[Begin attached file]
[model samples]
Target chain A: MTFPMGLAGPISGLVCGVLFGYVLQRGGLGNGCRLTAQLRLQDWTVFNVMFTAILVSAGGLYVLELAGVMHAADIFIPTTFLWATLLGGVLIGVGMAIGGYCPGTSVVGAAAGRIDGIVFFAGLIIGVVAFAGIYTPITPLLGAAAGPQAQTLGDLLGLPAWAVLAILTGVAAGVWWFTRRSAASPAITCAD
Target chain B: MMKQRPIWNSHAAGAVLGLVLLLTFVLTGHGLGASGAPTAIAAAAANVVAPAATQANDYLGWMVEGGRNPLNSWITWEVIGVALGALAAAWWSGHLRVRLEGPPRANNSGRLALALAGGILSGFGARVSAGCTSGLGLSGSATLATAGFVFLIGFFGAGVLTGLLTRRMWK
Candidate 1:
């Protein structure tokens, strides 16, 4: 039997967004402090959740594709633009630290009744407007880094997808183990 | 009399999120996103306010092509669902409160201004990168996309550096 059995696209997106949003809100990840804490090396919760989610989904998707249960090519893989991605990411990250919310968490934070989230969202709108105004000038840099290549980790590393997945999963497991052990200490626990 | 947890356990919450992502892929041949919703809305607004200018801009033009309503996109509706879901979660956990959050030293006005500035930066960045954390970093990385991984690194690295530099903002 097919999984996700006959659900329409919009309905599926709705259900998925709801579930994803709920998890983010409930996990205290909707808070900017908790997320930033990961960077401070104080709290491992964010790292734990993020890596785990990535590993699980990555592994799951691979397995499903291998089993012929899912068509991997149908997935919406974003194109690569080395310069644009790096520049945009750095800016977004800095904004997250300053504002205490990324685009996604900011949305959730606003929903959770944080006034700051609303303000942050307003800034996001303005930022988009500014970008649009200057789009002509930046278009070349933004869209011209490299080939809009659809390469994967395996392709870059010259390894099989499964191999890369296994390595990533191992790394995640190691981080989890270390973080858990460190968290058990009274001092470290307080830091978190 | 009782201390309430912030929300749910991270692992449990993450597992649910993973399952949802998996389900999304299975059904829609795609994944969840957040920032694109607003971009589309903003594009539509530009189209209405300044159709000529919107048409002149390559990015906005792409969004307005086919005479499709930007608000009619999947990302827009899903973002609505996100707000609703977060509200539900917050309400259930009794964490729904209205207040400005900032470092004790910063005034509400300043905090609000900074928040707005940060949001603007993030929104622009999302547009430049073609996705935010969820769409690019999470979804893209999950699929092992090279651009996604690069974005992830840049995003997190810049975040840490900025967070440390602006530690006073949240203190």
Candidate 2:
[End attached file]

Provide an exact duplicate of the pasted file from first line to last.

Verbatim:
[model samples]
Target chain A: MTFPMGLAGPISGLVCGVLFGYVLQRGGLGNGCRLTAQLRLQDWTVFNVMFTAILVSAGGLYVLELAGVMHAADIFIPTTFLWATLLGGVLIGVGMAIGGYCPGTSVVGAAAGRIDGIVFFAGLIIGVVAFAGIYTPITPLLGAAAGPQAQTLGDLLGLPAWAVLAILTGVAAGVWWFTRRSAASPAITCAD
Target chain B: MMKQRPIWNSHAAGAVLGLVLLLTFVLTGHGLGASGAPTAIAAAAANVVAPAATQANDYLGWMVEGGRNPLNSWITWEVIGVALGALAAAWWSGHLRVRLEGPPRANNSGRLALALAGGILSGFGARVSAGCTSGLGLSGSATLATAGFVFLIGFFGAGVLTGLLTRRMWK
Candidate 1:
């Protein structure tokens, strides 16, 4: 039997967004402090959740594709633009630290009744407007880094997808183990 | 009399999120996103306010092509669902409160201004990168996309550096 059995696209997106949003809100990840804490090396919760989610989904998707249960090519893989991605990411990250919310968490934070989230969202709108105004000038840099290549980790590393997945999963497991052990200490626990 | 947890356990919450992502892929041949919703809305607004200018801009033009309503996109509706879901979660956990959050030293006005500035930066960045954390970093990385991984690194690295530099903002 097919999984996700006959659900329409919009309905599926709705259900998925709801579930994803709920998890983010409930996990205290909707808070900017908790997320930033990961960077401070104080709290491992964010790292734990993020890596785990990535590993699980990555592994799951691979397995499903291998089993012929899912068509991997149908997935919406974003194109690569080395310069644009790096520049945009750095800016977004800095904004997250300053504002205490990324685009996604900011949305959730606003929903959770944080006034700051609303303000942050307003800034996001303005930022988009500014970008649009200057789009002509930046278009070349933004869209011209490299080939809009659809390469994967395996392709870059010259390894099989499964191999890369296994390595990533191992790394995640190691981080989890270390973080858990460190968290058990009274001092470290307080830091978190 | 009782201390309430912030929300749910991270692992449990993450597992649910993973399952949802998996389900999304299975059904829609795609994944969840957040920032694109607003971009589309903003594009539509530009189209209405300044159709000529919107048409002149390559990015906005792409969004307005086919005479499709930007608000009619999947990302827009899903973002609505996100707000609703977060509200539900917050309400259930009794964490729904209205207040400005900032470092004790910063005034509400300043905090609000900074928040707005940060949001603007993030929104622009999302547009430049073609996705935010969820769409690019999470979804893209999950699929092992090279651009996604690069974005992830840049995003997190810049975040840490900025967070440390602006530690006073949240203190």
Candidate 2: